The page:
10 American Wine Companies that Think (and Act) Green

April 24, 2012 View all articles in General

In the past we've talked about beer companies that strive to be more sustainable, but what about wine? When it comes to wine, there is a lot of commotion about Certified Organic vs. Certified Organic Grapes, and then there are vegan and biodynamic wines—it's easy to get confused.

Certified Organic means that the wines are USDA organic and are produced without synthetic pesticides, herbicides or fertilizers. These wines also do not contain any additional sulfur (all wines contain trace amounts of naturally occurring sulfur as a byproduct of fermentation, up to 20 parts per million).

Making it easier on vintners, but more confusing for consumers, the USDA permits winemakers to use the term “Certified Organic Grapes,” meaning that the grapes are grown in compliance with USDA organic certification standards, but may contain additional sulfites as preservatives. These wines still contain less than 100ppm, which is significantly less than many commercial wines that do not contain this seal of approval.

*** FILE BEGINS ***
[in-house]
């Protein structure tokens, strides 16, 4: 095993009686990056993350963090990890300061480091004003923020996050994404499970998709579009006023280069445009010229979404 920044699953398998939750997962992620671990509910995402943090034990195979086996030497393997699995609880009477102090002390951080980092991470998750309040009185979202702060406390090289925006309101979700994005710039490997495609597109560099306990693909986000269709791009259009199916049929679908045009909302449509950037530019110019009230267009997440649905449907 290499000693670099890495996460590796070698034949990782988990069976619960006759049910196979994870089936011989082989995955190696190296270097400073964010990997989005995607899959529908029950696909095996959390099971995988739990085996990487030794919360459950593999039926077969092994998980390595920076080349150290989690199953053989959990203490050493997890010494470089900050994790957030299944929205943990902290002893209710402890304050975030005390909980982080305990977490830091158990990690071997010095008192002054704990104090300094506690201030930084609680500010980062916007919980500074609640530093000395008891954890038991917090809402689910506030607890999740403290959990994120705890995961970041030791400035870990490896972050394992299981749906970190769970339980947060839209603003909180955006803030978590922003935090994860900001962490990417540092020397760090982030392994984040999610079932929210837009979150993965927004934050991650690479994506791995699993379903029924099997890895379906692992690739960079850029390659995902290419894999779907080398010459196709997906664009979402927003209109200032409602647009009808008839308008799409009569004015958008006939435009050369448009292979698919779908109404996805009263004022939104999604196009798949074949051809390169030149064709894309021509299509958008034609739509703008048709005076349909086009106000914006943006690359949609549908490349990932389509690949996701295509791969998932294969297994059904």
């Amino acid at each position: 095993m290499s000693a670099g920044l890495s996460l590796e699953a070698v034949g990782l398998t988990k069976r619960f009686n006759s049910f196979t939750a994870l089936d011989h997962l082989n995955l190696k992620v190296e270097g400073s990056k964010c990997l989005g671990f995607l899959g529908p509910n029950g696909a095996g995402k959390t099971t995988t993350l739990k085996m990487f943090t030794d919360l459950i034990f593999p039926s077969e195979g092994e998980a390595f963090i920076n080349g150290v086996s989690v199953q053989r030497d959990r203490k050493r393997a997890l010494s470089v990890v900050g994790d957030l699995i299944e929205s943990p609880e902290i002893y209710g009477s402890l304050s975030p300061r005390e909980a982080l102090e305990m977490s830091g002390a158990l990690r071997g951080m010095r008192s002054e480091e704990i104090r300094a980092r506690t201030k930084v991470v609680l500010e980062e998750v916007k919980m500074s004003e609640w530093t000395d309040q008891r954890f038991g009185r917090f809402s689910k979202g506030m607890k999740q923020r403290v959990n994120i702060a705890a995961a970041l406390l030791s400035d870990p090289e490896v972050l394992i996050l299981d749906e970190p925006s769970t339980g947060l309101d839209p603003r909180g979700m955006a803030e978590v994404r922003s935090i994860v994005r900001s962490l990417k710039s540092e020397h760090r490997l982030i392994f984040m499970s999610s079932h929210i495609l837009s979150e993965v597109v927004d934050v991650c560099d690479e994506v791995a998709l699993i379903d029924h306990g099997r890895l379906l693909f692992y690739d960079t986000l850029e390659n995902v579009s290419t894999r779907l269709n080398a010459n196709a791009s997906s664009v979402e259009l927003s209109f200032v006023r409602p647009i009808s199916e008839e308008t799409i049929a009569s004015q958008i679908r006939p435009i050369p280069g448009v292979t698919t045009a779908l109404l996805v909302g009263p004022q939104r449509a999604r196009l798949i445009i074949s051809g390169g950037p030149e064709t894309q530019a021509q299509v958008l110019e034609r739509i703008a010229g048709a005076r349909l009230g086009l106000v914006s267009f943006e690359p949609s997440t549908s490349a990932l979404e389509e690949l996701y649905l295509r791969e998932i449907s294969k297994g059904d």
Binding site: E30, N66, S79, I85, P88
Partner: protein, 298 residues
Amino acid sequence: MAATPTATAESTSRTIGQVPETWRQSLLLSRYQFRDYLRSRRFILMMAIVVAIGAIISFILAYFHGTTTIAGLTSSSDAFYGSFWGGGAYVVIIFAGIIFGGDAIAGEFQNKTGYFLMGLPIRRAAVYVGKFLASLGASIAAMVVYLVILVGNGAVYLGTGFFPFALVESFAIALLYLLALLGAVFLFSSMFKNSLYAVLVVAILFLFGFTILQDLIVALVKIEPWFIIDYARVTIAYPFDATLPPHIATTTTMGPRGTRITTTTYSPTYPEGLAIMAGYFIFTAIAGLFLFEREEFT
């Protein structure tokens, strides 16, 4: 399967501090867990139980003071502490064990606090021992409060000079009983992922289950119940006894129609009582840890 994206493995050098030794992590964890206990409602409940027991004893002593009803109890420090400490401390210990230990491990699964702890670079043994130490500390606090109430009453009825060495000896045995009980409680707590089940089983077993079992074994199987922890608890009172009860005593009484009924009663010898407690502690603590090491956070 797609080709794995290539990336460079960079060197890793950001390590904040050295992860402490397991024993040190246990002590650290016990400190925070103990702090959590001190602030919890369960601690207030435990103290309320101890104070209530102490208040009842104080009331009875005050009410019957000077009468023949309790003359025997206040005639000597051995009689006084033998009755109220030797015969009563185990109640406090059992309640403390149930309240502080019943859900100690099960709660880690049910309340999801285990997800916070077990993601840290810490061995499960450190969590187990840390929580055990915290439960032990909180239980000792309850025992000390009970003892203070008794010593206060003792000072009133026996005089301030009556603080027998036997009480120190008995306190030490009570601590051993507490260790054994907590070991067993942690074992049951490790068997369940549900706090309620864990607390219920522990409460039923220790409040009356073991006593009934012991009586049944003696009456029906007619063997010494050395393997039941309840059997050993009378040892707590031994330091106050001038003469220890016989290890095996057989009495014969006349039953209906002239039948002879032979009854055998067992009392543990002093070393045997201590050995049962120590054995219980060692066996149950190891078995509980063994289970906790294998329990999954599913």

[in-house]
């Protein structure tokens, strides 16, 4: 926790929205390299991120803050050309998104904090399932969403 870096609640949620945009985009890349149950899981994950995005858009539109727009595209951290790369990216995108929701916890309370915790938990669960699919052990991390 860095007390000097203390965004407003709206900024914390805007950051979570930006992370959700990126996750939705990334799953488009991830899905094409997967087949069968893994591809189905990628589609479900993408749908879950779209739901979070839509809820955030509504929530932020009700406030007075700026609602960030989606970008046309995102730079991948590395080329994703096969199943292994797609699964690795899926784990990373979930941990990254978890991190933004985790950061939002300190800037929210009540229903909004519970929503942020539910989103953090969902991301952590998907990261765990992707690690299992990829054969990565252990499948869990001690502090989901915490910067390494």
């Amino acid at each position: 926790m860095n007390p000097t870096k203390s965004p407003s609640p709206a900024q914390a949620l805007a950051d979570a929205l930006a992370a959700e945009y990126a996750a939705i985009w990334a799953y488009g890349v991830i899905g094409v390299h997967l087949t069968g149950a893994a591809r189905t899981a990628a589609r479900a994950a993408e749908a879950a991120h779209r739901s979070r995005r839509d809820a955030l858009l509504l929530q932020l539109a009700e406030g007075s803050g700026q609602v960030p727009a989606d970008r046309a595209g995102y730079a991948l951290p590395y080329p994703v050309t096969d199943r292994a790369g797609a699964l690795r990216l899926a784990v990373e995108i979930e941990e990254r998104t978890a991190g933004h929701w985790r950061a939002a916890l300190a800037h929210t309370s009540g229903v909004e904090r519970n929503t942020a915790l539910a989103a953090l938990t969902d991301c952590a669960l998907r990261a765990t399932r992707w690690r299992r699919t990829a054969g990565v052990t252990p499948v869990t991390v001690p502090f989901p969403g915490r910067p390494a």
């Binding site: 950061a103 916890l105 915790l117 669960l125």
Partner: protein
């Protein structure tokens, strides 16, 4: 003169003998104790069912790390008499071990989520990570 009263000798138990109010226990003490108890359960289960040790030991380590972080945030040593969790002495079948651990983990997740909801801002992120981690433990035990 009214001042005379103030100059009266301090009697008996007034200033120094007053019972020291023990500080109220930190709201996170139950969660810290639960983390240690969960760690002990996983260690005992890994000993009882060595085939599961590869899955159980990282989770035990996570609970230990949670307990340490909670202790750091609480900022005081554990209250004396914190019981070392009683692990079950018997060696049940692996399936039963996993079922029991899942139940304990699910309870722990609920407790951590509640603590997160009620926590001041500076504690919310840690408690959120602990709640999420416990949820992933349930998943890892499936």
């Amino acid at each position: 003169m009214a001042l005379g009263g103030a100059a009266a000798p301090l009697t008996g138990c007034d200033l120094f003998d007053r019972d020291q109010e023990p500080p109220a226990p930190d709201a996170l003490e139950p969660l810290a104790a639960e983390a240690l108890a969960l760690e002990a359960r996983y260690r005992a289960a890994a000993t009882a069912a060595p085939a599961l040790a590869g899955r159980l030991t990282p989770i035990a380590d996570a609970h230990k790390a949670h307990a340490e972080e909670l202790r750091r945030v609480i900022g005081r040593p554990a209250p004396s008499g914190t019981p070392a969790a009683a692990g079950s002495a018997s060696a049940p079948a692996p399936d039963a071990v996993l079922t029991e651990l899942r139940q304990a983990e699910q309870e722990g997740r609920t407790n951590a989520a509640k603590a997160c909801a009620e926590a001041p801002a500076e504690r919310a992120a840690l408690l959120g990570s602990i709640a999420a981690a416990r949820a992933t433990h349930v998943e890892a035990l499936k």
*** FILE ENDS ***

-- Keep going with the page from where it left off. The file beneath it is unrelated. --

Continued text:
Wines that are considered vegan are clarified after fermentation without the aid of gelatins, isinglass, milk proteins or egg albumin. Vegan wines are difficult to find, and most winemakers use one type of animal product or another to remove sediment after fermentation. Bentonite and kaolin are common mineral alternatives, and still other vintners filter their wines without additives.

Biodynamic wines are wines certified by the Demeter Association, an international organization that sets and upholds the standards and principles of biodynamic farming. These methods often include methods of sustainability above and beyond organic farming, including composting, burying cow horns filled with manure, and planting according to phases of the moon. Considered a pseudoscience by some, this method of viticulture has produced some surprisingly high-performing wines and biodynamic wines are noted for their excellent artisanship.